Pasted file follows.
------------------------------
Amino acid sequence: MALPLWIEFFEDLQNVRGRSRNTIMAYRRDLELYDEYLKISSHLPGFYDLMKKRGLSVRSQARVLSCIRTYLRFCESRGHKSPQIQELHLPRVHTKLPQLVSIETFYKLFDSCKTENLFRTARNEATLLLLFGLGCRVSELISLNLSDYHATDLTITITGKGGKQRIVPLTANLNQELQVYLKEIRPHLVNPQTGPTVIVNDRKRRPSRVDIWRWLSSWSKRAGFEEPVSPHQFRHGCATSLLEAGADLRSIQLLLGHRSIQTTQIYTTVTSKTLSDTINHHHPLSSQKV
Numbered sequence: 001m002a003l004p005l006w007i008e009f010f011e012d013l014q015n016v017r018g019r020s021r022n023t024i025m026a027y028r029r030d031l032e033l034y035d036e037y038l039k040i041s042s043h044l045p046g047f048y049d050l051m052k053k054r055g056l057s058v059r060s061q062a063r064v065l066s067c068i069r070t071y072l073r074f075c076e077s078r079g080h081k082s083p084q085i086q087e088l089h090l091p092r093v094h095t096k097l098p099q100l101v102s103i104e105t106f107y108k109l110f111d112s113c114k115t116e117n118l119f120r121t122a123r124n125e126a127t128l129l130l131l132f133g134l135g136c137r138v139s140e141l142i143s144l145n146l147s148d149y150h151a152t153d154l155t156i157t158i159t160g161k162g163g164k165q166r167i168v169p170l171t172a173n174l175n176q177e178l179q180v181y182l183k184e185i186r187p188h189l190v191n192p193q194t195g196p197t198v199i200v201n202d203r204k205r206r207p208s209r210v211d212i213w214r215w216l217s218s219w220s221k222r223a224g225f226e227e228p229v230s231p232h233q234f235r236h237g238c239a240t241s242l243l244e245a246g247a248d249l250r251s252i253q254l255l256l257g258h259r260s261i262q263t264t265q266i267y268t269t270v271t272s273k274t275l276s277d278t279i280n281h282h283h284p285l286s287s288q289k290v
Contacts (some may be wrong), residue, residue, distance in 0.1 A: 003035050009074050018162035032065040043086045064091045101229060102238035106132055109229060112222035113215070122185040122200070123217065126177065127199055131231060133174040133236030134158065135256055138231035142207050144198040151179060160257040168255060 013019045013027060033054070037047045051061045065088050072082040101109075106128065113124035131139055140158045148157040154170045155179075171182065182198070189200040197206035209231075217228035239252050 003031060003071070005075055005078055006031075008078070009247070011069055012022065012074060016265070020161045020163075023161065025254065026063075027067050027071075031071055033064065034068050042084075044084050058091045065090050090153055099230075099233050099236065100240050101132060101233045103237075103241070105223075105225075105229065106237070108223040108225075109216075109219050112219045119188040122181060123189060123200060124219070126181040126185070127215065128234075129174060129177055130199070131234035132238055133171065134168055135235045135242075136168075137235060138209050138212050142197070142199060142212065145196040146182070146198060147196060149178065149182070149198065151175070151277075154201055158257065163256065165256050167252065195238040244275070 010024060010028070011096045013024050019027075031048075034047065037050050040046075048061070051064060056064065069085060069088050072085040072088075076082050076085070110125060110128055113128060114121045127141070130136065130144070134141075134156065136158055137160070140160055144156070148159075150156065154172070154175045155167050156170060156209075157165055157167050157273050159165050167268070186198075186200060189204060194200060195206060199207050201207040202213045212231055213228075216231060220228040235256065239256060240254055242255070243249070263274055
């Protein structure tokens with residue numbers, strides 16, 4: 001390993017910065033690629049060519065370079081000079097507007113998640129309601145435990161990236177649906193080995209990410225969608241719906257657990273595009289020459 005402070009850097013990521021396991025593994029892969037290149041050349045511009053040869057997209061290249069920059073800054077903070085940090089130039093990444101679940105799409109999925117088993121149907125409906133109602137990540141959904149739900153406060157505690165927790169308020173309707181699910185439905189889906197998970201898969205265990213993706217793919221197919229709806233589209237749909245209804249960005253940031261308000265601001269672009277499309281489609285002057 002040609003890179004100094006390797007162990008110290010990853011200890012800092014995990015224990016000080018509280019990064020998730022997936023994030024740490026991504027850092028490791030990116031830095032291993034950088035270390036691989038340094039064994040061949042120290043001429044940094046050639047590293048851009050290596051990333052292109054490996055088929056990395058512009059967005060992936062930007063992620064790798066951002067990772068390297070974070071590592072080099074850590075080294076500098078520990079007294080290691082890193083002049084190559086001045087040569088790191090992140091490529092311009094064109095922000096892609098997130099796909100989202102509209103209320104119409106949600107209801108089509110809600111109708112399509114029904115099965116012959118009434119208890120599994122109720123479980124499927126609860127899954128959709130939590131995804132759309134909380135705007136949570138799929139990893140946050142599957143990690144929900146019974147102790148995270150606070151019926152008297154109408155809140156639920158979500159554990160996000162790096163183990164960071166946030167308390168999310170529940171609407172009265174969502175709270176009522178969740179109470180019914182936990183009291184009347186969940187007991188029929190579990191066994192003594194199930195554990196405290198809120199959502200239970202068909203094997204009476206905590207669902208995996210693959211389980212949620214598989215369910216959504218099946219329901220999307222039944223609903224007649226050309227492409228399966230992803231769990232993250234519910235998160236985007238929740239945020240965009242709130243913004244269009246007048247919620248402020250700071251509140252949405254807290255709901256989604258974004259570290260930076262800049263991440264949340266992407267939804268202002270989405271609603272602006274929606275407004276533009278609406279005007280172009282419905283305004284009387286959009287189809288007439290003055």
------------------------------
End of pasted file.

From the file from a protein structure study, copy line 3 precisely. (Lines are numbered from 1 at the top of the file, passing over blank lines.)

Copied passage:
Contacts (some may be wrong), residue, residue, distance in 0.1 A: 003035050009074050018162035032065040043086045064091045101229060102238035106132055109229060112222035113215070122185040122200070123217065126177065127199055131231060133174040133236030134158065135256055138231035142207050144198040151179060160257040168255060 013019045013027060033054070037047045051061045065088050072082040101109075106128065113124035131139055140158045148157040154170045155179075171182065182198070189200040197206035209231075217228035239252050 003031060003071070005075055005078055006031075008078070009247070011069055012022065012074060016265070020161045020163075023161065025254065026063075027067050027071075031071055033064065034068050042084075044084050058091045065090050090153055099230075099233050099236065100240050101132060101233045103237075103241070105223075105225075105229065106237070108223040108225075109216075109219050112219045119188040122181060123189060123200060124219070126181040126185070127215065128234075129174060129177055130199070131234035132238055133171065134168055135235045135242075136168075137235060138209050138212050142197070142199060142212065145196040146182070146198060147196060149178065149182070149198065151175070151277075154201055158257065163256065165256050167252065195238040244275070 010024060010028070011096045013024050019027075031048075034047065037050050040046075048061070051064060056064065069085060069088050072085040072088075076082050076085070110125060110128055113128060114121045127141070130136065130144070134141075134156065136158055137160070140160055144156070148159075150156065154172070154175045155167050156170060156209075157165055157167050157273050159165050167268070186198075186200060189204060194200060195206060199207050201207040202213045212231055213228075216231060220228040235256065239256060240254055242255070243249070263274055